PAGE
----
The six Suttons; Emma Tenayuca and John Inman, both of whom were chairs of the Communist Party of Texas; Hattie Mae Inman, who raised a family and was an inspiration to others while bedridden with five types of cancer; Manuela Soliz Sager and her husband James Sager; Luisa Moreno, and many more — these are people to whom I’m indebted. I think this honor belongs to them also. And to my wife, Jo, whose support enabled me to be involved in struggles for peace and justice.

I consider the Esperanza Peace and Justice Center one of the most important promoters of art, culture, peace and social justice in our country.

The vision statement of the Esperanza starts off with the words: “The people of Esperanza dream of a world where everyone has civil rights and economic justice, where the environment is cared for, where cultures are honored and communities are safe.” Many of you may not agree with me, but if you take the words literally, I think the world these people of Hope — we people of Hope — are dreaming of is Communism. It is not a world that can be achieved under today’s capitalism.

When Dr. William Edward Burghardt Du Bois joined the Communist Party in October, 1961, he stated: “Capitalism cannot reform itself; it is doomed to self-destruction. No universal selfishness can bring social good for all.”

Earlier this month, Hugo Chávez, president of the Bolivarian Republic of Venezuela, echoed this same thought on one of his weekly broadcasts of the program Aló presidente. In the course of a telephone exchange with Fidel Castro during the program, Chávez said: “Only socialism can save humanity. The only options we have left are socialism or barbarism.”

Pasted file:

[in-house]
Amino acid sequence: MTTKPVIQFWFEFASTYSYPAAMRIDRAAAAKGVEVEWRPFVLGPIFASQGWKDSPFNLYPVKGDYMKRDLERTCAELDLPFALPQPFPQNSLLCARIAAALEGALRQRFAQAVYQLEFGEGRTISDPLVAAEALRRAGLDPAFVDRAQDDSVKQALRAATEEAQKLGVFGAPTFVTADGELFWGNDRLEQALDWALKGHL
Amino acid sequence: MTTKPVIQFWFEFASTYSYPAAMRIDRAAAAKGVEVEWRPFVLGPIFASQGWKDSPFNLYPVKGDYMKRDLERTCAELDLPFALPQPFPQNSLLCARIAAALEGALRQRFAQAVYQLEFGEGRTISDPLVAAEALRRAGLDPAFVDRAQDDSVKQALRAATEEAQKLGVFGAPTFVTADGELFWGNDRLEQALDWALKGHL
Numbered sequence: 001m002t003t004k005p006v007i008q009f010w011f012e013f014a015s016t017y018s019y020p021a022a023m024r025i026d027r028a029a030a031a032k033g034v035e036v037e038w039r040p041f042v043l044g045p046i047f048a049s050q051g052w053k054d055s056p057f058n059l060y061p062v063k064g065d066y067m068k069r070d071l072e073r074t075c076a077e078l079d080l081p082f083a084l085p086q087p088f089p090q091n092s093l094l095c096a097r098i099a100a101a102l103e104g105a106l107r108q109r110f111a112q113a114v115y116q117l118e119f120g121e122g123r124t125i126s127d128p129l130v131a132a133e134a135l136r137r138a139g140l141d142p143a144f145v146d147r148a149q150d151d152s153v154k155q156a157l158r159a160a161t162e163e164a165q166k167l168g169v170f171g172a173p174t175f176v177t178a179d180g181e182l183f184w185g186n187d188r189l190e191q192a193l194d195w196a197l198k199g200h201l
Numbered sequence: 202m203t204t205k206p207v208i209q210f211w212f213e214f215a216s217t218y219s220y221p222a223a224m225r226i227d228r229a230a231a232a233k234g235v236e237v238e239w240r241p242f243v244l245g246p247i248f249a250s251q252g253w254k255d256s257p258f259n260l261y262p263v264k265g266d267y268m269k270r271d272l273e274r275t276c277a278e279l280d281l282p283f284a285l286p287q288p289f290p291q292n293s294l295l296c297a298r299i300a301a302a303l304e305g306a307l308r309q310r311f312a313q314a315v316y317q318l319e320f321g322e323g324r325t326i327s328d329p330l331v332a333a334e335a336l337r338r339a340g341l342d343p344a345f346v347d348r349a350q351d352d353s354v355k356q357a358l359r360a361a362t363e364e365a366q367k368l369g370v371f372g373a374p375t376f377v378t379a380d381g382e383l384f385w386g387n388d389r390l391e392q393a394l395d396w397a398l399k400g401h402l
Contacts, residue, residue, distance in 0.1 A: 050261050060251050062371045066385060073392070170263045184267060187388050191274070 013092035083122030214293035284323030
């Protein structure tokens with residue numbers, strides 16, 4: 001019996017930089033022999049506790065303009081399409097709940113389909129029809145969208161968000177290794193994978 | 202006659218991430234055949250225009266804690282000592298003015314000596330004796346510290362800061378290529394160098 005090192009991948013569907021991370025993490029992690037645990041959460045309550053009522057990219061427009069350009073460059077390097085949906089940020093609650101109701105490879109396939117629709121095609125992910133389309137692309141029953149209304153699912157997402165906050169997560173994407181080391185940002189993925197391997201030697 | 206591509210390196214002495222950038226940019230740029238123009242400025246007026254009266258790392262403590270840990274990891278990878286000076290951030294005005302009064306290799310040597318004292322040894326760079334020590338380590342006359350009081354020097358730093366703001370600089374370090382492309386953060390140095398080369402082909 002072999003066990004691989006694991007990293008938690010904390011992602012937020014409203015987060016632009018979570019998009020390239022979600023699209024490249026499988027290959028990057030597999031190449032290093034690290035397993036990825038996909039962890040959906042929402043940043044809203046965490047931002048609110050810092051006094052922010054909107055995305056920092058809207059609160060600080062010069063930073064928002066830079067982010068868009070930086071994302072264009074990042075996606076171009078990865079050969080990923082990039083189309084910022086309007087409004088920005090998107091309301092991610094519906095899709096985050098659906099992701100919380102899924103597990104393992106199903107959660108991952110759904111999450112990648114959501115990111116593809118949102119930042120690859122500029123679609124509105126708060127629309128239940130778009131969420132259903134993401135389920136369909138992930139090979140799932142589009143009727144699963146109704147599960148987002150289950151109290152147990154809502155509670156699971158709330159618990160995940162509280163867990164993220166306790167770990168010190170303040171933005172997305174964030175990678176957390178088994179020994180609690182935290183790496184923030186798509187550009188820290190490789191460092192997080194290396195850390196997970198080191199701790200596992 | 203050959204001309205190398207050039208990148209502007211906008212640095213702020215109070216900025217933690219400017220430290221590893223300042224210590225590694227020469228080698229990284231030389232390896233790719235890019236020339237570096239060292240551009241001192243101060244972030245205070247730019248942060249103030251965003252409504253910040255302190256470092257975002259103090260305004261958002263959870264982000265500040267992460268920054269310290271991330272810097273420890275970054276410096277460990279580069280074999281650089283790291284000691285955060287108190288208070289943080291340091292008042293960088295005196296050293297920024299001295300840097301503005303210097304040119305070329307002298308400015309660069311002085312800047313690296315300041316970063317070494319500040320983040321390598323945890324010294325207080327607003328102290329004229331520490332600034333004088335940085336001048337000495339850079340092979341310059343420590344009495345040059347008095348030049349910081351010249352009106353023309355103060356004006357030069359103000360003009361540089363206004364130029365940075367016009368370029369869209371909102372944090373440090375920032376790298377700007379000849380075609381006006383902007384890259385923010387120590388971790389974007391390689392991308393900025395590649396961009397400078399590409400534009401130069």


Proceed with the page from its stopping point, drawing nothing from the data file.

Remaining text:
The people’s forces are gaining strength, and reasons for hope abound. Yet here in the USA we have Jena in Louisiana; racial profiling, an increase in police brutality and even killings by police here in San Antonio; continued attacks on Roe v. Wade; continued neglect of the needs of the victims of Katrina; attacks on the rights of lesbians, gays, bisexual and transgendered people; increasing raids on immigrants and the breakup of families; degradation of the environment; children behind bars at the Hutto Prison (renamed the T. Don Hutto Family Residential Facility) in Taylor, Texas; attacks on Palestinians, Arabs, and others. And on a world scale continued waste of billions of dollars monthly on wars; increased inequality between rich and poor nations; dangers of nuclear warfare; inaction in the face of global warming.